• Expo Line

    acrylic on canvas
    36" x 48" x 2"  |  2017

  • Purple Line

    acrylic on canvas
    20" x 30" x 2"  |  2017

  • Expo Line II

    acrylic on canvas
    20" x 24" x 2"  |  2017

  • The 217

    acrylic on canvas
    20" x 24" x 2"  |  2017

  • Gold Line

    acrylic on canvas
    30" x 24" x 2"  |  2017

ERICA ENTROP Website CV

Knoxville, TN | Painting
Bio:

Erica Entrop was born in Roswell, New Mexico and graduated Cum Laude from the University of New Mexico in Albuquerque with her BFA. While attending the university, she participated in the Land Arts of the American West program through which she was able to being defining her own style working under the guidance of artists Erika Osborne and Bill Gilbert.

She now splits her time between her studios in Knoxville, TN USA and Havana, Cuba. The people and landscapes of Tennessee contrasting with that of Cuba provide many perspective and a variety of narratives; celebrating the identities of both the heart and music of Tennessee and the rhythms and joy of Cuba.

She has had an extensive artistic career having participated exhibitions across the country and Cuba. Her works have recently been included in the Premier edition of Blue Bee Magazine. In the past year she has participated in the 13th Havana Biannual and the 25th Romerias Festival showcasing her newest film works in collaboration with her partner, Cuban artist, Darwin Estacio Martinez

She lives and works in Havana.

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Statement:

My work is based on a series of images that I have captured while riding public transportation in Los Angeles, Havana, New York, and Knoville. As a commuter, I spend two to three hours a day on the bus or train and even longer waiting for their arrival. As I ride with the same people day after day, I observe these people going to the same places, never speaking or engaging with these familiar strangers.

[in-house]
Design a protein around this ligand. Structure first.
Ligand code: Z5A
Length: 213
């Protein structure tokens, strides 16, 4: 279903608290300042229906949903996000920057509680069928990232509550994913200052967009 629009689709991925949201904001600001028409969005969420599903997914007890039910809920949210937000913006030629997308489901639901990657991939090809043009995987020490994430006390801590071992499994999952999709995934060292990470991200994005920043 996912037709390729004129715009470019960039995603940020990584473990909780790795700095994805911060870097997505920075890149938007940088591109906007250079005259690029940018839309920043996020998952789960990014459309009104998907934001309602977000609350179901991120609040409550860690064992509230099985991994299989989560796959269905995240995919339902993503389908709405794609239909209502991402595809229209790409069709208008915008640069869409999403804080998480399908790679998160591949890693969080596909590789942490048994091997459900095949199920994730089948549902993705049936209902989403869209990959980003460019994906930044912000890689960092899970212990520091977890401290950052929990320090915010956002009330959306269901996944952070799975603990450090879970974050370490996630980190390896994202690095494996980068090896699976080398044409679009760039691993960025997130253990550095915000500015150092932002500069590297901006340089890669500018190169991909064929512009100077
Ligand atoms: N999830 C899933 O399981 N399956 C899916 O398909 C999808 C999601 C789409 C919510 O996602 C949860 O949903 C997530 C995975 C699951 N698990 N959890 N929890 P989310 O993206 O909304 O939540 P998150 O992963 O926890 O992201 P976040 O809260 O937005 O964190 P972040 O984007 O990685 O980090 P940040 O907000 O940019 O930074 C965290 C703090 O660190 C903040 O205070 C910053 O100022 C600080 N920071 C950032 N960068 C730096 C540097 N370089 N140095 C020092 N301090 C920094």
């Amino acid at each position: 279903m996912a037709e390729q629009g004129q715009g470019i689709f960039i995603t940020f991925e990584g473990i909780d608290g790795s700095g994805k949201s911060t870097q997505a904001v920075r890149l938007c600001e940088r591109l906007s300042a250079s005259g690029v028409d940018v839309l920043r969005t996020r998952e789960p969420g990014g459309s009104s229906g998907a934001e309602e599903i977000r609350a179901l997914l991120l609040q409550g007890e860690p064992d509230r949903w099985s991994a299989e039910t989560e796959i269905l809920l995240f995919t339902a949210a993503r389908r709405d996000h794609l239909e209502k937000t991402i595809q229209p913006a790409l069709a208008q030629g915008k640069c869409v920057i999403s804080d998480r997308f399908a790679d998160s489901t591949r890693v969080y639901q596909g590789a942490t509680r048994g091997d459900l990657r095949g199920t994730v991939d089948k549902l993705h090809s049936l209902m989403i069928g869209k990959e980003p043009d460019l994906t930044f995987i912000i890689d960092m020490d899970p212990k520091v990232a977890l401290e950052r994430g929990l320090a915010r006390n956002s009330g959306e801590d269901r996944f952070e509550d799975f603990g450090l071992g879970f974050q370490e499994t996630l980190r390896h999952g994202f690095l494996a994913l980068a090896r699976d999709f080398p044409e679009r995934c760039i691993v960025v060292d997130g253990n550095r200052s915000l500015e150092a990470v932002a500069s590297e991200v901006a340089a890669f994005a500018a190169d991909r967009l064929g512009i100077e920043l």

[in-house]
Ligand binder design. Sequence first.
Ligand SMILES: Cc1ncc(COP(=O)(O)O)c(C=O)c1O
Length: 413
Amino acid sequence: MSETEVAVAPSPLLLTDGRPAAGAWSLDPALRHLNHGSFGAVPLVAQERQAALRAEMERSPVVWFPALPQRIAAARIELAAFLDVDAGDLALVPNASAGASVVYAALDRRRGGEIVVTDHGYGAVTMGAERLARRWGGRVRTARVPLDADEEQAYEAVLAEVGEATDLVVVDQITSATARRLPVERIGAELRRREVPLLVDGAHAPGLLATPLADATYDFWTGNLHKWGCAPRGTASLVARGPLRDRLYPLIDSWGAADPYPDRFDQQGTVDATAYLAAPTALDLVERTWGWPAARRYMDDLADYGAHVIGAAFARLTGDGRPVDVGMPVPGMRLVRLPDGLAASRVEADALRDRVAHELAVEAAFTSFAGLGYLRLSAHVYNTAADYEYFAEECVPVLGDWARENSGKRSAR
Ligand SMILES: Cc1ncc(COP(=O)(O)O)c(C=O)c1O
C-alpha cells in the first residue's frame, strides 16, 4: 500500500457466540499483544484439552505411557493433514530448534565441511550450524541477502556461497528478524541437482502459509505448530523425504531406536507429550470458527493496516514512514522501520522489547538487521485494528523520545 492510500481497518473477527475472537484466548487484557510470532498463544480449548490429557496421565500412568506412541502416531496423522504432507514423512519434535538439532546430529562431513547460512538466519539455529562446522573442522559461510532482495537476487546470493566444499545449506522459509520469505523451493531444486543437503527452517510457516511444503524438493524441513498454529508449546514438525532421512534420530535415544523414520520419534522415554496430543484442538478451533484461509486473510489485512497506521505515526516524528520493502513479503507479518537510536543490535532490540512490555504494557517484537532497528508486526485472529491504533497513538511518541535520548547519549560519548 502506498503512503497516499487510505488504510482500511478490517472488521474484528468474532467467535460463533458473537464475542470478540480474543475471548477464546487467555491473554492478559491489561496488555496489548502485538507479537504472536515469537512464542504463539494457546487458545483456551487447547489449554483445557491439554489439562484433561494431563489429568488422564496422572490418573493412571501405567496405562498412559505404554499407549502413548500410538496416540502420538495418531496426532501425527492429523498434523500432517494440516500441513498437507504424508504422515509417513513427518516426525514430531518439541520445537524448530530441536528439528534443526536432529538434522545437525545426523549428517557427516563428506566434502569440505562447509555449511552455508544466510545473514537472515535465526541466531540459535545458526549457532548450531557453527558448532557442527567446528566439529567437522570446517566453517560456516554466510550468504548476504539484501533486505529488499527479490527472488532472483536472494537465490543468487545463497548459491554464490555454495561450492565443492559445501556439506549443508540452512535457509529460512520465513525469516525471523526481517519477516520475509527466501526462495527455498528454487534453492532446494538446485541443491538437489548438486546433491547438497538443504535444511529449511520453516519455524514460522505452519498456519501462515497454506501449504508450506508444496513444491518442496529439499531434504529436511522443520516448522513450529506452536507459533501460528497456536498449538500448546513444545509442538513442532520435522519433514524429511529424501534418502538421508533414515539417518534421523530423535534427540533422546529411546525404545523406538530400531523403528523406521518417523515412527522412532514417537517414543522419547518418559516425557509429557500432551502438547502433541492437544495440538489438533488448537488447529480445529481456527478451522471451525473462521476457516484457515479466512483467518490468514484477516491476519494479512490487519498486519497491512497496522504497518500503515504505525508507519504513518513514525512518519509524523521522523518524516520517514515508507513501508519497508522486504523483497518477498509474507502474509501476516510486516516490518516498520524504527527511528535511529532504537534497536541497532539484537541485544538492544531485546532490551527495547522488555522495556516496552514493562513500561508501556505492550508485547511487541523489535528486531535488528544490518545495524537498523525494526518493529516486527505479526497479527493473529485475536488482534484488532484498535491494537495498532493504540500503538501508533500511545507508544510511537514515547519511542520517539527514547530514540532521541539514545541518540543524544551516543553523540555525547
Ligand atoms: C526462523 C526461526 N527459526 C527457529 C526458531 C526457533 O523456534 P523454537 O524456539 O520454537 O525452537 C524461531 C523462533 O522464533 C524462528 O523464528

All of us are on our own tracks, playing out individual narratives. I am drawn to certain people in this travel routine that seem almost like characters in a play, always having some element that was interesting or different about them. I started taking their pictures, secretly capturing moments from their lives. For me, the feeling is one of intrusion, of voyeurism. The viewer is being asked to look at and engage with these seemingly mundane moments rather than the social norm of casting a passing glance.

In many cases, there is an individual that is recognizing the audience, further dissolving the fourth wall and making the viewer a participant in this ordinary, but layered and textured moment of life.

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